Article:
"Daylighting" intersections to improve visibility for drivers is an effective way to make crosswalks safer for pedestrians—Here's how it works

"We're designing streets for the past, not for what we're currently seeing or trends that we can anticipate. This just seemed like such a common sense, sensible action the city could make," said Paul Kelterborn, author of the resolution in Brooklyn's Community Board 1.

The action is called "daylighting," a process that pays close attention to the schematics of the street where most crashes occur: the corners of crossings. The idea is that if intersections are clear of obstructions like parked cars, then drivers, pedestrians, and cyclists would all be able to see one another better—and better sightlines mean less likelihood of crashes.

Daylighting can take many forms: Curb extensions, painted or built out with concrete, and sometimes with rain-absorbing plantings, and more. Curbside cycling amenities like bike-share docs or micromobility racks (think e-scooters) are increasingly common, and outdoor dining sheds can help with daylighting, too. Other methods use granite blocks or giant concrete balls to create additional space at the corners of intersections, or even just affixing a "no parking beyond this point" sign can help.

As the U.S. contends with an ongoing surge in pedestrian deaths that has been reversing years' worth of traffic safety progress, proponents of the daylighting concept often point to the effectiveness in preventing the mRost common car-on-pedestrian crashes and say, "why not?"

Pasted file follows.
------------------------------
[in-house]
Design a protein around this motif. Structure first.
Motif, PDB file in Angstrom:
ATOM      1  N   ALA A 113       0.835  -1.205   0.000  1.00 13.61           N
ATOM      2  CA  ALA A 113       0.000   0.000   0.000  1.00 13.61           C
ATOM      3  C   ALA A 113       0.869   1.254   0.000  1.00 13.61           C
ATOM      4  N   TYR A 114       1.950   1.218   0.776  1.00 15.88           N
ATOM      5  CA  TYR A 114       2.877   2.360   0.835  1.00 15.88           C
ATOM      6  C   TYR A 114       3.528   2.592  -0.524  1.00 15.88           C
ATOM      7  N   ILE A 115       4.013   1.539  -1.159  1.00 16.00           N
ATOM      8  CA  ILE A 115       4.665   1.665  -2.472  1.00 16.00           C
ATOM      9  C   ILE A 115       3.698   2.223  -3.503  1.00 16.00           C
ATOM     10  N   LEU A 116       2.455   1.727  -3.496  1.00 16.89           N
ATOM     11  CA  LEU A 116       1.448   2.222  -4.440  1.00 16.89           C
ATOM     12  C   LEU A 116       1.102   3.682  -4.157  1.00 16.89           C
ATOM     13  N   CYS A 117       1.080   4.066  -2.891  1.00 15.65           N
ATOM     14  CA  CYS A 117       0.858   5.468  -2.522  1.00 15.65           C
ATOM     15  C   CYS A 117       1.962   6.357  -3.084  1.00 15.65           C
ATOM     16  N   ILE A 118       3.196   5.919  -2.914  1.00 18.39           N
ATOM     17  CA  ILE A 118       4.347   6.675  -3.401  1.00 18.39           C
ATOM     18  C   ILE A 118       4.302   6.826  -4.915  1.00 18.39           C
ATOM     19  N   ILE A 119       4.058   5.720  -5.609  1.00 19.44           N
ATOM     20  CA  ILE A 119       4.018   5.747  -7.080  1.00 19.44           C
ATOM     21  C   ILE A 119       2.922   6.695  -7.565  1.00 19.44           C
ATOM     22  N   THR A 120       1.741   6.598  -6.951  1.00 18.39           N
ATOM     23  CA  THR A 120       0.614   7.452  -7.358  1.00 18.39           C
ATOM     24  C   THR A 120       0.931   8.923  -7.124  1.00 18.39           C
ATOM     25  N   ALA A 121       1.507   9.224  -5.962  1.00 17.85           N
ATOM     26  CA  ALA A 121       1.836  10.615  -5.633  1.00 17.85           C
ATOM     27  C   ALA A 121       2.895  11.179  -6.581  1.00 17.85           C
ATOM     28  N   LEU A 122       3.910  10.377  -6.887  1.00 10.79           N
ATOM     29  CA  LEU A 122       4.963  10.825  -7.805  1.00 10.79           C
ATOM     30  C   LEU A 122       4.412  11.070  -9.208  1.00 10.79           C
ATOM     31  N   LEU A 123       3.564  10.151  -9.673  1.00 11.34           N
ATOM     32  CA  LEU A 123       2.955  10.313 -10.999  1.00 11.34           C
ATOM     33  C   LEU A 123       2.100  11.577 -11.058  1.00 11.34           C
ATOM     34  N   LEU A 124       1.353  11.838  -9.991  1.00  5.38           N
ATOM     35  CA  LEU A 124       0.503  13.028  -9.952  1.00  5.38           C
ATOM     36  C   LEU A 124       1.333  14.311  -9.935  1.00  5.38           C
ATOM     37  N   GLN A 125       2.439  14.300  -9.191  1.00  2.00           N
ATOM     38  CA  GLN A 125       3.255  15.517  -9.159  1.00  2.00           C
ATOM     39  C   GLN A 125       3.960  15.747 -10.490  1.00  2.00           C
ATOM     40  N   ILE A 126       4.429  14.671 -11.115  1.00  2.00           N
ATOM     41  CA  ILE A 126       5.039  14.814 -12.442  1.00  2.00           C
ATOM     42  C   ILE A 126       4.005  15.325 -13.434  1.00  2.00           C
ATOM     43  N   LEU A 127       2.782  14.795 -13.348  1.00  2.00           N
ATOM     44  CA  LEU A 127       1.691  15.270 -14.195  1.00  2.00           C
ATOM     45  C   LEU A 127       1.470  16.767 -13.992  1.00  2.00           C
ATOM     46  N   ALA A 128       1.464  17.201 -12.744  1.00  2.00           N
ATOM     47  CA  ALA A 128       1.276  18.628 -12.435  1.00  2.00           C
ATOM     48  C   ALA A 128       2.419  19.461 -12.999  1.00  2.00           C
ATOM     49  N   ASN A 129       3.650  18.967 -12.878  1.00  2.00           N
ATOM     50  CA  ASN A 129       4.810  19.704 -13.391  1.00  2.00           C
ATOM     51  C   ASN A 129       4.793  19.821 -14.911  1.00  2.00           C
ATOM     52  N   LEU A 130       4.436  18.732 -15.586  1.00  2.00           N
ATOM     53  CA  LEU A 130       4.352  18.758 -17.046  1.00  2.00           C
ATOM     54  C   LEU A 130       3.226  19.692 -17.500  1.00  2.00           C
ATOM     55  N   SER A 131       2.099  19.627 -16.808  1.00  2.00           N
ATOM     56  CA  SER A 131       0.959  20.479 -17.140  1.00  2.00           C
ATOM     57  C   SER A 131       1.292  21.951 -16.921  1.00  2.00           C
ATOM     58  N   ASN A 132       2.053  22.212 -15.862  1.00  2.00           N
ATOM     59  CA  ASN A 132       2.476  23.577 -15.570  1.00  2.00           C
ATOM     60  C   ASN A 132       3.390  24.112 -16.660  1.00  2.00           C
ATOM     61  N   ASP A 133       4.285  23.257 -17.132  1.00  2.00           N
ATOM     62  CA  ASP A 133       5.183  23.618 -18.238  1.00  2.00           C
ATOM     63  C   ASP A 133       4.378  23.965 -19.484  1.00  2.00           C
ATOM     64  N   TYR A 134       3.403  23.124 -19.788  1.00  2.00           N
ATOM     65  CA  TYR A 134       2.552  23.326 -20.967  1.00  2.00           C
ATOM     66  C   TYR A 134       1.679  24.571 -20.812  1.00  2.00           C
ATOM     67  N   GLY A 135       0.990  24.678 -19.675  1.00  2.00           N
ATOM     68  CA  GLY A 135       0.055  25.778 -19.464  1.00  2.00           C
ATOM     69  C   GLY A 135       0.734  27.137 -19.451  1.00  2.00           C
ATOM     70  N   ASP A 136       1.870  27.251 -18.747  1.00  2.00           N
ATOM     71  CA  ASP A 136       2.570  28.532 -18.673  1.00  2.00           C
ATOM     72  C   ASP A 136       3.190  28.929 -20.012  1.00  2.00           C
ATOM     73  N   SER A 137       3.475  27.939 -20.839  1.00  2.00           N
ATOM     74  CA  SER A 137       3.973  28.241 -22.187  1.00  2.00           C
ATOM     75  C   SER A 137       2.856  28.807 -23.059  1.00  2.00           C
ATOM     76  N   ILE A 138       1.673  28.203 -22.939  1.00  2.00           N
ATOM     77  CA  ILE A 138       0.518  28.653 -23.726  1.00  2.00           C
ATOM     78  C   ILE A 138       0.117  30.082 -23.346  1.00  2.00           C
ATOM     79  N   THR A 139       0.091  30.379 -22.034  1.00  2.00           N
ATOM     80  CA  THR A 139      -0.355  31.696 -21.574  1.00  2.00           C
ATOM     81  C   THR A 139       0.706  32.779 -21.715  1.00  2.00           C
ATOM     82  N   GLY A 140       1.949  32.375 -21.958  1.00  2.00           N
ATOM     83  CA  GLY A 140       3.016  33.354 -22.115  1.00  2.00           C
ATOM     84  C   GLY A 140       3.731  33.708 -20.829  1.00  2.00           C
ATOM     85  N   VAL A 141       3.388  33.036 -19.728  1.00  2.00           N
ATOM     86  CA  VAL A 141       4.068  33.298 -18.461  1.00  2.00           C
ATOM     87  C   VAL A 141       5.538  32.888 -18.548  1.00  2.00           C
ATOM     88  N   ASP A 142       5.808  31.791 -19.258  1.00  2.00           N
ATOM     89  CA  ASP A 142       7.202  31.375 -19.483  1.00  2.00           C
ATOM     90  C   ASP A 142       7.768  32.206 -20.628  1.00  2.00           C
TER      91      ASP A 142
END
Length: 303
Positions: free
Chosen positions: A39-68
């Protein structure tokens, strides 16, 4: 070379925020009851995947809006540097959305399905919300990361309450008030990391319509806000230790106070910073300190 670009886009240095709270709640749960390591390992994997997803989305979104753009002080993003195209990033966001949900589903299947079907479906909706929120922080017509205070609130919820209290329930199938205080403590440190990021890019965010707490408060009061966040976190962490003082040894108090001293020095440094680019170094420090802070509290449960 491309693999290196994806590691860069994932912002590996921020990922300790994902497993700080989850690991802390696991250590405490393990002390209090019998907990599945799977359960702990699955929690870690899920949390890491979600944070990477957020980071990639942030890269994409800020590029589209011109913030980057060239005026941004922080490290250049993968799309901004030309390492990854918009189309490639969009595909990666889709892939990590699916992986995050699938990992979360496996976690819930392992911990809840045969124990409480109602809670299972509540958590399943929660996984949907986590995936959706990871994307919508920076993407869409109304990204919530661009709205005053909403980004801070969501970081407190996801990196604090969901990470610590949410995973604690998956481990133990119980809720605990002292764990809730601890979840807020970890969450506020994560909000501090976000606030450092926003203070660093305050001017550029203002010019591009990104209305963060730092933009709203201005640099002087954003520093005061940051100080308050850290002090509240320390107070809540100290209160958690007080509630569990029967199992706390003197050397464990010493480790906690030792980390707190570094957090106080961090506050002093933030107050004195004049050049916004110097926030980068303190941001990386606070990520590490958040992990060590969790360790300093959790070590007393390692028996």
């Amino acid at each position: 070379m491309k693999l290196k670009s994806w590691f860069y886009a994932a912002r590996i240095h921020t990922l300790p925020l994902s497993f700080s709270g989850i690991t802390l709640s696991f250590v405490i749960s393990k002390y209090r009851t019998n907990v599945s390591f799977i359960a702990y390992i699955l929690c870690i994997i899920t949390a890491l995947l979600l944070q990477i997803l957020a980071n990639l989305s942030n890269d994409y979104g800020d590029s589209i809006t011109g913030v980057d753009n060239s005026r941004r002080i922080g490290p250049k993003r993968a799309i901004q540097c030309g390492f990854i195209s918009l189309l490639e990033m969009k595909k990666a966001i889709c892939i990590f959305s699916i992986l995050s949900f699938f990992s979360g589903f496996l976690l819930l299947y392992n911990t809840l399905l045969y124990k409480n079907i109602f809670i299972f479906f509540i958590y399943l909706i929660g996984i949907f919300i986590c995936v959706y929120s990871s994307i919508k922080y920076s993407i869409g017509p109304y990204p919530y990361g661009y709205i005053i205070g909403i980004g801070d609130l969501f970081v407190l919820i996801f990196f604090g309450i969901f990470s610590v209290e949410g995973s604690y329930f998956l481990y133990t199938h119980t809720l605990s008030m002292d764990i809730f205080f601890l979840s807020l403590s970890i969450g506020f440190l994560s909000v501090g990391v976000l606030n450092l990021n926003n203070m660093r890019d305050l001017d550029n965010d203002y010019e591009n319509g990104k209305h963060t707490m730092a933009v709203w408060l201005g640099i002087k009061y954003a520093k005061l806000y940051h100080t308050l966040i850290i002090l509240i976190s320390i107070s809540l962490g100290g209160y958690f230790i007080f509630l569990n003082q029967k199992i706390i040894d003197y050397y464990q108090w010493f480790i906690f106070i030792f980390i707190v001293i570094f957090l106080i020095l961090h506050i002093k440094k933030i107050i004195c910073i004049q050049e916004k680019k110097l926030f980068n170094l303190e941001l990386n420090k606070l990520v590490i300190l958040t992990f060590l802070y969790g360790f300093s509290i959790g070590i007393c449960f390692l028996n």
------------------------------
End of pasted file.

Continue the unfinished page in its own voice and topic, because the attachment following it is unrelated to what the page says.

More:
The easier answer—as it often is—is parking. In many states, it is illegal to park up to a certain distance of the crosswalk, but in many cities, those traffic rules go unenforced.

Sufficient daylighting requires 25-feet of visibility, which may require removing a parking spot or two in some areas, so if the rule were observed on all four corners of an intersection, there's potential to lose as many as 8 parking spaces on a single block, which is one of the many reasons why some cities seek exemptions from the rule even if adopted by their home state.

From curb bumpouts to flexible bollards, bike racks, and prohibitive paint stripes, traffic planners can reference the Urban Street Design Guide from the National Association of City Transportation Officials for detailed information including design guidelines and best practices based on street geometry.

Read the complete article from Bloomberg here or check out another detailed article from Strong Towns documenting exactly how to daylight your city's intersections, and why it matters.


Source: Bloomberg



Related News: